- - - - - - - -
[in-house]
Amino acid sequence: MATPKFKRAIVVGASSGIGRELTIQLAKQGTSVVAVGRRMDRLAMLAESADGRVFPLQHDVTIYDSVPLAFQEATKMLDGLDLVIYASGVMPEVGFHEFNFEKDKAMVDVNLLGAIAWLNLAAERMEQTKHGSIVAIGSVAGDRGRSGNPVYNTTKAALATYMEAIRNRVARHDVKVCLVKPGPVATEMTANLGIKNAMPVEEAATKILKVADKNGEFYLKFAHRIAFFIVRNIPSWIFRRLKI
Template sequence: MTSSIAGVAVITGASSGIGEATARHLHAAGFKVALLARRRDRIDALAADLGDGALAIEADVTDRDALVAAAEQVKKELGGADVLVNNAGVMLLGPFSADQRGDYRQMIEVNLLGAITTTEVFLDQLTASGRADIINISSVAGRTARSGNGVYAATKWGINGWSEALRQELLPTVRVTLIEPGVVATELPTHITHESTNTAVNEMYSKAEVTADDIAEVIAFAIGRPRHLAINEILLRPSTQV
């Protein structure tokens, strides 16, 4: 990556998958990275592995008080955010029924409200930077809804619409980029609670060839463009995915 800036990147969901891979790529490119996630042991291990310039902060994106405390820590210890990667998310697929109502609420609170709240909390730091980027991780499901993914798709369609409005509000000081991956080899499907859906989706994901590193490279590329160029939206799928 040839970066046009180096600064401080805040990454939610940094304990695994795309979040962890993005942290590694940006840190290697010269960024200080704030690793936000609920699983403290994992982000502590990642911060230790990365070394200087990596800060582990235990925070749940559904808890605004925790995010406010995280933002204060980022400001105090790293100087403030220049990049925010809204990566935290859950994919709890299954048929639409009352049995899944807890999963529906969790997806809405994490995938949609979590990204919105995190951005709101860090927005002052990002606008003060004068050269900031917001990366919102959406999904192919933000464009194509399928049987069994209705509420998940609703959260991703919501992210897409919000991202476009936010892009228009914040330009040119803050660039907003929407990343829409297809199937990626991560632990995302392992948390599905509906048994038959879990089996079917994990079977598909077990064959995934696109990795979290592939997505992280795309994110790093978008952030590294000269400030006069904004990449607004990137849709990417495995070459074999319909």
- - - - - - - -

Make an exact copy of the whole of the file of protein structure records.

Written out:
[in-house]
Amino acid sequence: MATPKFKRAIVVGASSGIGRELTIQLAKQGTSVVAVGRRMDRLAMLAESADGRVFPLQHDVTIYDSVPLAFQEATKMLDGLDLVIYASGVMPEVGFHEFNFEKDKAMVDVNLLGAIAWLNLAAERMEQTKHGSIVAIGSVAGDRGRSGNPVYNTTKAALATYMEAIRNRVARHDVKVCLVKPGPVATEMTANLGIKNAMPVEEAATKILKVADKNGEFYLKFAHRIAFFIVRNIPSWIFRRLKI
Template sequence: MTSSIAGVAVITGASSGIGEATARHLHAAGFKVALLARRRDRIDALAADLGDGALAIEADVTDRDALVAAAEQVKKELGGADVLVNNAGVMLLGPFSADQRGDYRQMIEVNLLGAITTTEVFLDQLTASGRADIINISSVAGRTARSGNGVYAATKWGINGWSEALRQELLPTVRVTLIEPGVVATELPTHITHESTNTAVNEMYSKAEVTADDIAEVIAFAIGRPRHLAINEILLRPSTQV
């Protein structure tokens, strides 16, 4: 990556998958990275592995008080955010029924409200930077809804619409980029609670060839463009995915 800036990147969901891979790529490119996630042991291990310039902060994106405390820590210890990667998310697929109502609420609170709240909390730091980027991780499901993914798709369609409005509000000081991956080899499907859906989706994901590193490279590329160029939206799928 040839970066046009180096600064401080805040990454939610940094304990695994795309979040962890993005942290590694940006840190290697010269960024200080704030690793936000609920699983403290994992982000502590990642911060230790990365070394200087990596800060582990235990925070749940559904808890605004925790995010406010995280933002204060980022400001105090790293100087403030220049990049925010809204990566935290859950994919709890299954048929639409009352049995899944807890999963529906969790997806809405994490995938949609979590990204919105995190951005709101860090927005002052990002606008003060004068050269900031917001990366919102959406999904192919933000464009194509399928049987069994209705509420998940609703959260991703919501992210897409919000991202476009936010892009228009914040330009040119803050660039907003929407990343829409297809199937990626991560632990995302392992948390599905509906048994038959879990089996079917994990079977598909077990064959995934696109990795979290592939997505992280795309994110790093978008952030590294000269400030006069904004990449607004990137849709990417495995070459074999319909």